What exactly is “worship?” When you go to church for “worship,” what exactly are you doing? These questions should be answered by all thoughtful believers. John Stackhouse’s recent entry “Memo to Worship Bands: Turn It Down, Please!” especially got my attention (see also his “Chris Tomlin’s Worship Songs: We Have Got to Do Better”).
Music is typically involved with worship activity, but I would like to enlarge our thinking by offering some thoughts on worship and celebration. My reason for doing so is because my wife and I have been visiting around trying to find a church. There have been many that we end up walking out on before the sermon even begins. The “worship” is either so loud or so over-performed that we cannot appreciate what is being done in Jesus’ name, or it’s so poorly done that we’re not sure anyone is connecting with the presentation…including the performers.
First, let’s define what it is we are talking about. Consider these definitions:
Worship is the free and spontaneous response of believers who continually delight in the glorious revelation of God shown in the crucified and risen Christ.
Celebration is the completion of worship. It is the natural outcome of a sincere response to God’s activity in our lives that culminates in contentment, enjoyment, and confidence.
Seven thoughts to ponder:
- Worship does not begin in us but comes from us. Worship is our response to God’s promptings. Worship cannot, therefore, originate in us. Behind and before every genuine act of worship is a deep and profound sense of God’s love for us and can only be a reaction to God’s love in us (1 Jn 4:19; Rom 5:5). Any other response falls short of authentic worship.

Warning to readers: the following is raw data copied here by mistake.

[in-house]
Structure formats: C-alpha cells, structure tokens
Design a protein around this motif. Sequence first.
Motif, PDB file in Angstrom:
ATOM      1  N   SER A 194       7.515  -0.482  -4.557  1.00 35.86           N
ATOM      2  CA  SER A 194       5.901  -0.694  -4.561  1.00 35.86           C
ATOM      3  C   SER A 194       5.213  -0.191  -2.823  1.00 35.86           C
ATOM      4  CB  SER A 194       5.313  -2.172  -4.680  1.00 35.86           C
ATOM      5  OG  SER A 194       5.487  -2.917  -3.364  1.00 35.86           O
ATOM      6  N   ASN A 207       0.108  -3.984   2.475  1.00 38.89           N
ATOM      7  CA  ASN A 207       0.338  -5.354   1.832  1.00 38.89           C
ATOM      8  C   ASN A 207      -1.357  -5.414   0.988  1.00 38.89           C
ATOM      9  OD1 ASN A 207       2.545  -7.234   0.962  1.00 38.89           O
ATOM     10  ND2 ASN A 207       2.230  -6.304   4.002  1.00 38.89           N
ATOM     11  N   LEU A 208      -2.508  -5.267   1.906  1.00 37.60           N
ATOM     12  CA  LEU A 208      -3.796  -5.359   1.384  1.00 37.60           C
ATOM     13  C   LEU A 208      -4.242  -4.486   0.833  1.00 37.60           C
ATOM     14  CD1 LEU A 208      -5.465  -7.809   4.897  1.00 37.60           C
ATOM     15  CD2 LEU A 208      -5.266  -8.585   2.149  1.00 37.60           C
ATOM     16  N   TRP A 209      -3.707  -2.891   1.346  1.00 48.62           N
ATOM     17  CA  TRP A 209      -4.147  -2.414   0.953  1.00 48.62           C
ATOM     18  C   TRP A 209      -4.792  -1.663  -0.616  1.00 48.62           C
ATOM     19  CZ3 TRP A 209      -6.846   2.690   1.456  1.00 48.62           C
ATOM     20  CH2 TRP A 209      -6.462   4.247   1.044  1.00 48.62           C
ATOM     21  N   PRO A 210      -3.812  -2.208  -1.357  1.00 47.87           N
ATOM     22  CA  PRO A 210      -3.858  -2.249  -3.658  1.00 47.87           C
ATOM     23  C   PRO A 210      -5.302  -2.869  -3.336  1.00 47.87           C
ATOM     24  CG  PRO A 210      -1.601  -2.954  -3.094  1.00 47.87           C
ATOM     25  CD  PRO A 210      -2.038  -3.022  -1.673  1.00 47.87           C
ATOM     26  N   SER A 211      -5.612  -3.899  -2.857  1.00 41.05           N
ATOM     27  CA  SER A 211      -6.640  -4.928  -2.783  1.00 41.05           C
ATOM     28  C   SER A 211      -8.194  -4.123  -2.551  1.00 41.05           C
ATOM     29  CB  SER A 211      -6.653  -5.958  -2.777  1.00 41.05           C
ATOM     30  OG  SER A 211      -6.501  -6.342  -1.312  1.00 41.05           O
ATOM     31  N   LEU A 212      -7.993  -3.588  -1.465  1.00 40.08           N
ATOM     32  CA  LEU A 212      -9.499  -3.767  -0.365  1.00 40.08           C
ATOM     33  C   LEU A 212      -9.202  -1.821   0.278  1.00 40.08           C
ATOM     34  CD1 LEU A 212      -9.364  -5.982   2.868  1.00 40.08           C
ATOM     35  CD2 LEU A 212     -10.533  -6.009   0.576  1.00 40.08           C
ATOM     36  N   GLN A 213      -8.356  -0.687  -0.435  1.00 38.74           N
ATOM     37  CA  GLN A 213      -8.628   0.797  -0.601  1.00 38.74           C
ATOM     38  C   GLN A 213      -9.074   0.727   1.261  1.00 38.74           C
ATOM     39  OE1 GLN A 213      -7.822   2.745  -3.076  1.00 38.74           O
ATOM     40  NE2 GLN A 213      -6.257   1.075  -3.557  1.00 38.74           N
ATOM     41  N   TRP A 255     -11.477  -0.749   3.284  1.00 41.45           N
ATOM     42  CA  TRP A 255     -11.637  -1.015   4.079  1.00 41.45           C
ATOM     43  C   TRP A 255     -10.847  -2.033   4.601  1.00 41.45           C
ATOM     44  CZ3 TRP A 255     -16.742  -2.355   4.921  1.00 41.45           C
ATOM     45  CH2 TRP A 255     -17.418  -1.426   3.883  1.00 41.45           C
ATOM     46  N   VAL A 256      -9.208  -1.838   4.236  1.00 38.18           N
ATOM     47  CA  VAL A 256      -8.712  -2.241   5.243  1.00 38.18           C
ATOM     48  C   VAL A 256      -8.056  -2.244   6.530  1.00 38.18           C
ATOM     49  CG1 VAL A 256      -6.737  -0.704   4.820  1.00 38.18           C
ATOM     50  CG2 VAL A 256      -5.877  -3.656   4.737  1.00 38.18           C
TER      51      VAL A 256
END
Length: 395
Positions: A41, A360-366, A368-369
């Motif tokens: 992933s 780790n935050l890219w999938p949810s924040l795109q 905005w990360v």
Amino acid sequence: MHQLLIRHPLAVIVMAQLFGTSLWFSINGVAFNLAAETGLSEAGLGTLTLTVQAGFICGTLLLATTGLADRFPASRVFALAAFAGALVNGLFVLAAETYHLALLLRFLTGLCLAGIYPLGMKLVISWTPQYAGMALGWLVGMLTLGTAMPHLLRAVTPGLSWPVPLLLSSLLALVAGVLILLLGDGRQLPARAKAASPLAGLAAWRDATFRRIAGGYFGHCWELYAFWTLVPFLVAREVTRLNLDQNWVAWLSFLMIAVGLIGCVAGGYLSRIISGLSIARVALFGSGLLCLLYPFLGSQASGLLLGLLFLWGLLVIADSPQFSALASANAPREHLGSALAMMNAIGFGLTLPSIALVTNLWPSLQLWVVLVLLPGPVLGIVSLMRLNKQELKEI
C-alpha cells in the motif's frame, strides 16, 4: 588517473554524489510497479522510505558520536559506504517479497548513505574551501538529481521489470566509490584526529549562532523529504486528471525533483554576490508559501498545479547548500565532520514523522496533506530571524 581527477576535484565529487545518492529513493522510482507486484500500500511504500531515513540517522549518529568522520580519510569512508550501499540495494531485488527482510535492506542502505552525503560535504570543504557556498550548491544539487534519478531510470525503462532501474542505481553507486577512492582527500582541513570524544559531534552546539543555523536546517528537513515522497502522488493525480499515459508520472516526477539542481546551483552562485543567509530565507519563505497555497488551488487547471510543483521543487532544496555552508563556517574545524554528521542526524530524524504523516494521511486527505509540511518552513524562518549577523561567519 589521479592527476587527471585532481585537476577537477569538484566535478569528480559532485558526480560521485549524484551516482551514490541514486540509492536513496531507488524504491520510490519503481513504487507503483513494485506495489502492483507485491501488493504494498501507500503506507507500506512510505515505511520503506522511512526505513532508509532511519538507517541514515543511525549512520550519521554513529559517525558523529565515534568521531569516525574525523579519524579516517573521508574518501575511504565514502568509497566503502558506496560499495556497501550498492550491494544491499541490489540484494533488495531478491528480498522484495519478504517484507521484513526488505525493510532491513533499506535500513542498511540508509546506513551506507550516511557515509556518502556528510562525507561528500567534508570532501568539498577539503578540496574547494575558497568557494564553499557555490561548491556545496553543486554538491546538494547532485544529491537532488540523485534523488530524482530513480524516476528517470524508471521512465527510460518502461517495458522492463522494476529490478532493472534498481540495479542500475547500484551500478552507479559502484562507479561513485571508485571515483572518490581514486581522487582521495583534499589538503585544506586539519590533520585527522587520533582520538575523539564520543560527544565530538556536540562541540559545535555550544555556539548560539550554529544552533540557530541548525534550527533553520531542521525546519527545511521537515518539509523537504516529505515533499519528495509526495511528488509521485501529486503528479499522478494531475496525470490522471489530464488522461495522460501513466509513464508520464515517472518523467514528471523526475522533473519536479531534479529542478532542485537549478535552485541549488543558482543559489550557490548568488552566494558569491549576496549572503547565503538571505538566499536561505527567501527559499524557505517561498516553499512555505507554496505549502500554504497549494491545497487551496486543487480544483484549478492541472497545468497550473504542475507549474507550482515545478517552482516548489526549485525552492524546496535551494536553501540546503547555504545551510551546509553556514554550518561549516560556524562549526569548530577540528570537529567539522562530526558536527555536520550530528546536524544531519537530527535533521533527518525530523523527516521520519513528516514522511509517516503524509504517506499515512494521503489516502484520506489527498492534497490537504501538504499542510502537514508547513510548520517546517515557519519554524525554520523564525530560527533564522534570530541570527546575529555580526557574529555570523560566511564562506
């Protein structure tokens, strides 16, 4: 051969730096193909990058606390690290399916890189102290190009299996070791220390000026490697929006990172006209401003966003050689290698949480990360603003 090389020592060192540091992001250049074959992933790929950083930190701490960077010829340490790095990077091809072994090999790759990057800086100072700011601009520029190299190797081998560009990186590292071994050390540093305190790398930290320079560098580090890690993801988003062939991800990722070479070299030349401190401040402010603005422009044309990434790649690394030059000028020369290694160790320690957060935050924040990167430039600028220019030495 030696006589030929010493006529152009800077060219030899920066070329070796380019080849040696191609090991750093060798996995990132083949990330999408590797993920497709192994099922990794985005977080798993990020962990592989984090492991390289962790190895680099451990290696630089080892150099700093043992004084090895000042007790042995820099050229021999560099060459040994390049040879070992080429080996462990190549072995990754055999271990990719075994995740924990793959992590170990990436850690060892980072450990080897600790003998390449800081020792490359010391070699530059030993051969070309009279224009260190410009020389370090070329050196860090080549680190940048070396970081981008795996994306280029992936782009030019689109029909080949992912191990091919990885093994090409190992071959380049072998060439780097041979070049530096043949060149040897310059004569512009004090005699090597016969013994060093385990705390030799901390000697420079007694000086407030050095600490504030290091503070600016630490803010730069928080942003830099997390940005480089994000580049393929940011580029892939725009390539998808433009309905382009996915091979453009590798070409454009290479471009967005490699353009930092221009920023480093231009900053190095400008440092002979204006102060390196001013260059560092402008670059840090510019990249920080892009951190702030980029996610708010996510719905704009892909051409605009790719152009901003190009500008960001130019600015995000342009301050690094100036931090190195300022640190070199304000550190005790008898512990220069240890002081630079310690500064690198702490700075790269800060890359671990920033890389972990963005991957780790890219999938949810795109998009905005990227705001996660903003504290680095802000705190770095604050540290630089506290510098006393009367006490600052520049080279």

- In worship God is always the Guest of honor in our hearts. He is the focal point of all our attention and affections. Hence God, as our Maker and Sustainer, is the persistent priority of our lives (Ps 95:6-7; Mt 4:10; Rev 4:8).
- In worship God requires our hearts and not just our heads and our hands (Hos 6:6; Amos 5:21-24; Mt 15:8-9; Rom 12:1-2). Tradition and routine are not, in themselves, wrong. But when religious practices eclipse mercy, justice, righteousness, and sacrifice God’s verdict is clear: “Worship nauseates him!” (paraphrasing Amos 5:21).
- Jesus insists that regardless of how or where we worship, we must worship God in spirit and in truth (Jn 4:21-24). Worshiping God is never a matter of location (cf. Jn 4:21-22). Since “God is spirit” (having no physical form or location) he is not geographically or spatially bound. Therefore, God is geographically present to everyone at all times and relationally present to different people under different circumstances (Ps 51:9-11; Mk 15:34; 2 Thess 1:9).
- Whereas in worship we look up to God in response to his activity, in celebration we look out to others and exclaim the good things God has wrought in our lives. Aaron’s sister, Miriam, celebrated God’s victory over Pharaoh’s army with singing, tambourines, and dancing (Ex 15:19-21). Likewise, Deborah and David exuberantly celebrated God’s victories (Judges 5; 2 Sam 6:12-15).
- In celebration we can rest in the assurance that our lives are designed precisely how God’s wants. There is no place for discontent or bitterness of spirit in celebration. When we delight in what God has done we are truly saying “Thank you God! I do so appreciate all that you have done.”
- In celebration we rejoice in and partake of the produce from our labor as God’s gift to us by feasting (literally) on his provision and sharing those blessings with others (Deut 14:22-27; Ecc 5:18-19). Since we can dishonor God as much by our abstinence as we can by our indulgence Ecclesiastes reminds us that there is a time for everything; “a time to weep, and a time to laugh; a time to mourn, and a time to dance” (Ecc 3:4). And, Paul encourages Timothy that God “richly provides us with everything for our enjoyment” (1 Tim 6:17).